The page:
If you’ve been following my recent discussions on why Koreans generally live at home until marriage, then you’ll have noticed that one gap in those were the ubiquitous love-hotels (러브호텔) that were the obvious corollary of that arrangement, and which would probably have been more interesting topics than demographic data on Korean household types and student loans too. In my defense though, I already covered premarital sex and cohabitation and their relation to Korean capitalism (yes, really) in lengthy posts back in 2007, and besides which love hotels are not only or probably even primarily used by young unmarried couples. The numbers of hotels that are in the middle of the countryside for instance, relatively devoid of that age group, and accessible only after quite some driving, testify to the fact that they are also host to just as many adulterous trysts in practice.
But that the latter occurs doesn’t mean that grown children, parents and even grandparents all under one roof can’t both be faithful to their partners and spouses and still chafe at the lack of space and privacy, and so need to get away for a few hours occasionally. Which is why although I might still balk at opening one next to an elementary school myself, I’m all for love hotels, and see no reason to pretend that both the need and the demand don’t both exist in droves. Hence I’m very interested in reading about the development of both in Ed Jacob’s new book Love Hotels: An Inside Look at Japan’s Sexual Playgrounds, which editor-in-chief James provides a quick review of over at the ironically-titled Japan Probe blog. History-cum-practical guide, I’d be surprised if the general course of events described in the book wasn’t closely paralleled in Korea too, albeit perhaps with a gap of ten to fifteen years as it reached the same level of economic development.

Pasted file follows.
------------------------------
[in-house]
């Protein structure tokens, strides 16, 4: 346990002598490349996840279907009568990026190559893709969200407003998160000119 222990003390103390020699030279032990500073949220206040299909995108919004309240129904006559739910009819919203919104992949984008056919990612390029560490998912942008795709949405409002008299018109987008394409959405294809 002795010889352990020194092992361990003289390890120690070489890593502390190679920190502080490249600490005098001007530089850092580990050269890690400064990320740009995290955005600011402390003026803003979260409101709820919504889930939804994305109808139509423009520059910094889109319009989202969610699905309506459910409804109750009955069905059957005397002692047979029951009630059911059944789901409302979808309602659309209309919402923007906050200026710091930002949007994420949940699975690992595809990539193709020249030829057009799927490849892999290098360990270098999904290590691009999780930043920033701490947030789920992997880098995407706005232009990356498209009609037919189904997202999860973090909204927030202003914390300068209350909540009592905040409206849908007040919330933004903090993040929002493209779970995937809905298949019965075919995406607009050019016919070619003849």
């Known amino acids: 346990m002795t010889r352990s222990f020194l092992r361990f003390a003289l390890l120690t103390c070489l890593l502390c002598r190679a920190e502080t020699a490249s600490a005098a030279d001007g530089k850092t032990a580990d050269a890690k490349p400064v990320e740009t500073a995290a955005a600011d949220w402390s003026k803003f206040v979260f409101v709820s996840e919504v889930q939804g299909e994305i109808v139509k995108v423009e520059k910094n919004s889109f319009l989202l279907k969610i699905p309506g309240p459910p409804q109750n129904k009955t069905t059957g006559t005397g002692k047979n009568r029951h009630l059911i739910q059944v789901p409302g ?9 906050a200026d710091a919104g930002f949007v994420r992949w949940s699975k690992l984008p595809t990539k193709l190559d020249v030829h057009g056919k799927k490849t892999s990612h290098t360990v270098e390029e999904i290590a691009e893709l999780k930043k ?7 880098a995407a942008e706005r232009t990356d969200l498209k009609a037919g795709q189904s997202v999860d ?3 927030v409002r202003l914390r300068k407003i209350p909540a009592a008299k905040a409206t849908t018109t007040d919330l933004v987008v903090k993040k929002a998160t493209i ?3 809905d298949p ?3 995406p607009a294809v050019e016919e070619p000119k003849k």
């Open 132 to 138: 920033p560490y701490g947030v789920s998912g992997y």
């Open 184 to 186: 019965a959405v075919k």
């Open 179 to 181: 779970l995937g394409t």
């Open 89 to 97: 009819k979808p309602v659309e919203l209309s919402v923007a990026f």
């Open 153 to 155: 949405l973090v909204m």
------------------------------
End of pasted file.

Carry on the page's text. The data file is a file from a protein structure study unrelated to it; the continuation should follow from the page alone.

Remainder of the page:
Unfortunately there the similarities probably end, for in a social environment where women are so concerned about their virginal reputation that they rely on men for contraception (lest a proactive attitude reveal their experience), and in which one of the largest prostitution industries in the world exists and is openly advertised despite periodic crackdowns and extensive legislation banning it (see here also) too, then in Korea love hotels and what occurs in them are like dogs loudly mating in the corner of the garden: an inescapable but otherwise seedy, unspoken part of life that is preferably hidden away from polite society.
In other words, the polar opposite of their hygienic and matter-of-fact Japanese counterparts. The hotels that is, not the dogs.
But having said that, it’s (naturally) been many years since I’ve visited a hotel myself, my daughters and meager family budget preventing much traveling these days. So, in lieu of more fieldwork on my part, I’d be interested to hear if Korean love hotels are really still as bad as my experience of them in before I was married, when I used to stay in them with my then-girlfriend now-wife while traveling all over Korea. Sigh…